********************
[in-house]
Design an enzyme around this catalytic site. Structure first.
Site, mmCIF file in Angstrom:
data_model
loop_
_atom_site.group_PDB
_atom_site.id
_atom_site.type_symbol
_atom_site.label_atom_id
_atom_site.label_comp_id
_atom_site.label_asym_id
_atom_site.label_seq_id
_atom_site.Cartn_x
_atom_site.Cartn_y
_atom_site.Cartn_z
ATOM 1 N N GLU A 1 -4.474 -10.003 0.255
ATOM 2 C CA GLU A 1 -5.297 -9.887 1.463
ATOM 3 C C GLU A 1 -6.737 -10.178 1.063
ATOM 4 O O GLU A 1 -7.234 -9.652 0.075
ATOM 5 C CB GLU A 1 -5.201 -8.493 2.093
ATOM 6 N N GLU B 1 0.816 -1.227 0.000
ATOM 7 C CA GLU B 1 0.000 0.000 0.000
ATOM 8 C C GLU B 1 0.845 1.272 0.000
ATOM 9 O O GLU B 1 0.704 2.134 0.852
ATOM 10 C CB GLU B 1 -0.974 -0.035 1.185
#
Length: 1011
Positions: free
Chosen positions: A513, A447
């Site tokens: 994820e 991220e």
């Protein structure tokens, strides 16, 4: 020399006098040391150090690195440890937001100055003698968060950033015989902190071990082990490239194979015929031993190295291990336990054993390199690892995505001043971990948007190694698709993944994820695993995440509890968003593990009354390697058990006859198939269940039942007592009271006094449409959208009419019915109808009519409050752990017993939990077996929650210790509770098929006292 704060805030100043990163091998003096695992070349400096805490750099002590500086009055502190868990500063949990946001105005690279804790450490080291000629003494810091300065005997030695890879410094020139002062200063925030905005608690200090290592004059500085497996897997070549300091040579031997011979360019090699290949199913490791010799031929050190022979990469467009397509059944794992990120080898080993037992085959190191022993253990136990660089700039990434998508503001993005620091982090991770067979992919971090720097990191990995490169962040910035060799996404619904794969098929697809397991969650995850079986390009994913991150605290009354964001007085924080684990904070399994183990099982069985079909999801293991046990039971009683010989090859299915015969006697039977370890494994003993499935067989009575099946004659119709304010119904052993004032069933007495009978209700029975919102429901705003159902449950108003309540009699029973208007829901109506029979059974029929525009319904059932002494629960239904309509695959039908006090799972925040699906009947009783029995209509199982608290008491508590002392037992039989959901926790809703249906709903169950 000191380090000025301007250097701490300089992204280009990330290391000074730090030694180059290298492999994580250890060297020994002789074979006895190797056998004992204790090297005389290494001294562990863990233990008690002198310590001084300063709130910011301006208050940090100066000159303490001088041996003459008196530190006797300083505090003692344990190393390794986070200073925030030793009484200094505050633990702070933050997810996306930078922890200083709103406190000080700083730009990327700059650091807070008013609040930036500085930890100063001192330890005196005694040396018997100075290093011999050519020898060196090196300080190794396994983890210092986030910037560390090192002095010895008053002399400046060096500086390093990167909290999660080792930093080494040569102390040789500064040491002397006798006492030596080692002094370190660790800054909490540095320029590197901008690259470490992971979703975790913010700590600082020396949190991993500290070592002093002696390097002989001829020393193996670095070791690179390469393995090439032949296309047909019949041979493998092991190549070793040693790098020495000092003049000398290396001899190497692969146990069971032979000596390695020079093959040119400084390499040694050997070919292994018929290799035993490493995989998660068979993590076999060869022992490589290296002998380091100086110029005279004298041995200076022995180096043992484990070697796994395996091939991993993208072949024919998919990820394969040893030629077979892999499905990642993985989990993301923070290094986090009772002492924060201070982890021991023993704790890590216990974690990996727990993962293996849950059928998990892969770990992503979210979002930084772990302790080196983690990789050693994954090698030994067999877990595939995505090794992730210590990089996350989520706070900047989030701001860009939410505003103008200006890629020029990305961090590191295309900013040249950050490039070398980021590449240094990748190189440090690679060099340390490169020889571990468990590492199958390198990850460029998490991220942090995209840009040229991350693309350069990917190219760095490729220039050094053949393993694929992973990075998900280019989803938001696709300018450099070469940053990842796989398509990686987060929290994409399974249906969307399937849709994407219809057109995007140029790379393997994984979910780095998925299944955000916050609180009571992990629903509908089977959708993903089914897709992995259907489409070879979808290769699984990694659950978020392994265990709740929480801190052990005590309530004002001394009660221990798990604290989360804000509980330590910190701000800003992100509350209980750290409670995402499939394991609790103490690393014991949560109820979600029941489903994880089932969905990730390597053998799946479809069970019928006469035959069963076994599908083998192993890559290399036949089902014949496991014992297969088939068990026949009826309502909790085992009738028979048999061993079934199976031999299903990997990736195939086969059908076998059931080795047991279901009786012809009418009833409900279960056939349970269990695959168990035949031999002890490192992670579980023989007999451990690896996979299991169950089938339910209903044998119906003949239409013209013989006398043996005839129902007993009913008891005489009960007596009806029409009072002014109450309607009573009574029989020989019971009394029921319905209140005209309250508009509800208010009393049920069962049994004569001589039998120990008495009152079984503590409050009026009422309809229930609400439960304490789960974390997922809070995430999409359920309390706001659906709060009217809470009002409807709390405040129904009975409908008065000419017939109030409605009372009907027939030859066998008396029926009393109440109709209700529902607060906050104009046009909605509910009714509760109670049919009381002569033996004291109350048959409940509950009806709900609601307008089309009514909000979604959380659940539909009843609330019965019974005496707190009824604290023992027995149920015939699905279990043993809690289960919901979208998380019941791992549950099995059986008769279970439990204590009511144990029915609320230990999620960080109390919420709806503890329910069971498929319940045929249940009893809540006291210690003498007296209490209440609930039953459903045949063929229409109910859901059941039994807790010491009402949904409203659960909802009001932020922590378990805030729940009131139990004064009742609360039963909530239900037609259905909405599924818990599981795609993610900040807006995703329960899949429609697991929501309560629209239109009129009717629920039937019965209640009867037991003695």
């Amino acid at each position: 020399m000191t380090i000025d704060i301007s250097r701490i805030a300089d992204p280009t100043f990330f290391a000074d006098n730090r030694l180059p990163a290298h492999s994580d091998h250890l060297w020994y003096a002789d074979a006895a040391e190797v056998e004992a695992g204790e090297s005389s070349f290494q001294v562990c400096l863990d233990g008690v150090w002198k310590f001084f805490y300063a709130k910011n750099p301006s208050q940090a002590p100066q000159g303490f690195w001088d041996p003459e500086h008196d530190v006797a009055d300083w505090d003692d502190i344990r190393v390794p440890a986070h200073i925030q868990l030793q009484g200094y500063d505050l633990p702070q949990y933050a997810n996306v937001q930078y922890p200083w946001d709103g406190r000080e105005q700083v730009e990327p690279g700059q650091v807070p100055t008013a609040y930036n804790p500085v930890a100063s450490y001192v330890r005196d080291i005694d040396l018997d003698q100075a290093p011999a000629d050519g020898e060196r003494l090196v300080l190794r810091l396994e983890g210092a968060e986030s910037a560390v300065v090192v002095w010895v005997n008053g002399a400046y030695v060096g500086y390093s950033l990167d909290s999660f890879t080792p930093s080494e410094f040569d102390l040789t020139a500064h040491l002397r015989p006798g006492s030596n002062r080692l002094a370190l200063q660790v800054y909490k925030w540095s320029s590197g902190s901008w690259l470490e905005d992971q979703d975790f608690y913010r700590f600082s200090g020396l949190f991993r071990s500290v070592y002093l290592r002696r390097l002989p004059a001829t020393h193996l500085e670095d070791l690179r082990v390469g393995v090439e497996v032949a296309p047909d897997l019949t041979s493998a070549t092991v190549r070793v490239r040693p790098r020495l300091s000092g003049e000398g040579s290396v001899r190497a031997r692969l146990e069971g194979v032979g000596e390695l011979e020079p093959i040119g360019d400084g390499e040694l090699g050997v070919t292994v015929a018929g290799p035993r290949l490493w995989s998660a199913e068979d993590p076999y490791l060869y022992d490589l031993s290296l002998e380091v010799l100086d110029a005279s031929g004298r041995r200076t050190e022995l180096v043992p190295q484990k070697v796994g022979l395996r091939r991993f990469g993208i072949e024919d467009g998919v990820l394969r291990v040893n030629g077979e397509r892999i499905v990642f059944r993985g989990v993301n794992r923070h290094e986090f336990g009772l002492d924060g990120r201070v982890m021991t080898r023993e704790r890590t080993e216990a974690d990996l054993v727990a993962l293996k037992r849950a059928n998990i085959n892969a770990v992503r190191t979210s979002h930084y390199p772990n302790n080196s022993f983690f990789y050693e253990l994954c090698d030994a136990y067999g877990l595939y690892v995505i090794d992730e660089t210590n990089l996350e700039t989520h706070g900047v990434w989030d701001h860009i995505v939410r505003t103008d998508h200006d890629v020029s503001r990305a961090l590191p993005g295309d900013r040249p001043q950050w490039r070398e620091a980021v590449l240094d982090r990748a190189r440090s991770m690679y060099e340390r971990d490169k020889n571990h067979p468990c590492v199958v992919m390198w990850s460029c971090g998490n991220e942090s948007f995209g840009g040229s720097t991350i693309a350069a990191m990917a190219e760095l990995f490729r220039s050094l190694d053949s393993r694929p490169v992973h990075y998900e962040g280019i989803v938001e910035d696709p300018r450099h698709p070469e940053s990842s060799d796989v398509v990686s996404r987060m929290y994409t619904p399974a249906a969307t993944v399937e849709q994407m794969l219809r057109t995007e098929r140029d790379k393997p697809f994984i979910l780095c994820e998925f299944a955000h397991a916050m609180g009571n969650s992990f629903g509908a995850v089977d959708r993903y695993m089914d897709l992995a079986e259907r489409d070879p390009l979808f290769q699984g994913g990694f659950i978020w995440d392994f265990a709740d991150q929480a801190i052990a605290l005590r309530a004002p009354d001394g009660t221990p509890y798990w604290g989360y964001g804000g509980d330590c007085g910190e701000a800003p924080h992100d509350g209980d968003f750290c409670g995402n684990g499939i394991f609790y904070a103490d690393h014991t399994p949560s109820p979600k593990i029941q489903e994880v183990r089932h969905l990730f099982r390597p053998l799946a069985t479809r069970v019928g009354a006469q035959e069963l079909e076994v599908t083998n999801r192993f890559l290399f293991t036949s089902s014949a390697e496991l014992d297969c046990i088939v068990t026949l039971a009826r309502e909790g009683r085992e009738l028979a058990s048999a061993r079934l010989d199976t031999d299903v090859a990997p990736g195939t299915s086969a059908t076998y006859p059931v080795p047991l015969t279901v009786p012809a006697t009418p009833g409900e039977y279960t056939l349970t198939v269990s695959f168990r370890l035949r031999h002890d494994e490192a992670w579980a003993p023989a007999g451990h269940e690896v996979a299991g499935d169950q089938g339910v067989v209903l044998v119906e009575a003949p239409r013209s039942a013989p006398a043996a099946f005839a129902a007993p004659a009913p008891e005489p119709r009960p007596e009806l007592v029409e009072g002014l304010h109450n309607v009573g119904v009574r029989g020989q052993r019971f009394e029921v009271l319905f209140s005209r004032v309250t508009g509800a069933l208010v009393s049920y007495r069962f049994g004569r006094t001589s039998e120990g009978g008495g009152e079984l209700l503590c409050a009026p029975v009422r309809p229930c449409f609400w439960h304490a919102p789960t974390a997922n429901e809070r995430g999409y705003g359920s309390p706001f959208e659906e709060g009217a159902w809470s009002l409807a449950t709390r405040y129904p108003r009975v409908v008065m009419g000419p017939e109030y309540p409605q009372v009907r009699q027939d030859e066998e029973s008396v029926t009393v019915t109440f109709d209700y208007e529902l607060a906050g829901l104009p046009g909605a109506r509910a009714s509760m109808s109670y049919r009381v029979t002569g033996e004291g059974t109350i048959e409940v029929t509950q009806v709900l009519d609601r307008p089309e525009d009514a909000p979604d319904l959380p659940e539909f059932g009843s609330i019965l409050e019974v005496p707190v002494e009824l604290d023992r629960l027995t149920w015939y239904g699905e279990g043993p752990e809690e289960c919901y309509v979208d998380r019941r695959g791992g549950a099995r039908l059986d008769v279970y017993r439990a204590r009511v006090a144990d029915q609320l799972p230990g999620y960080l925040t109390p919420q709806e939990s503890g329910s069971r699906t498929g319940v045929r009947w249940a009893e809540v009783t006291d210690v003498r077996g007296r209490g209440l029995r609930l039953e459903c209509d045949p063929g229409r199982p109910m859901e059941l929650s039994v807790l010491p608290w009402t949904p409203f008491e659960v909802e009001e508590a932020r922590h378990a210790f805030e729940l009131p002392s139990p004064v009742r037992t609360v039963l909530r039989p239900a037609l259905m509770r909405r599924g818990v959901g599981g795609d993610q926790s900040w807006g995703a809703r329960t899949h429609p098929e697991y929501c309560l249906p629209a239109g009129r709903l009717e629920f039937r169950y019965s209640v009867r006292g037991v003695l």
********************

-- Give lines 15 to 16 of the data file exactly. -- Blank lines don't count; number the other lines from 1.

_atom_site.Cartn_z
ATOM 1 N N GLU A 1 -4.474 -10.003 0.255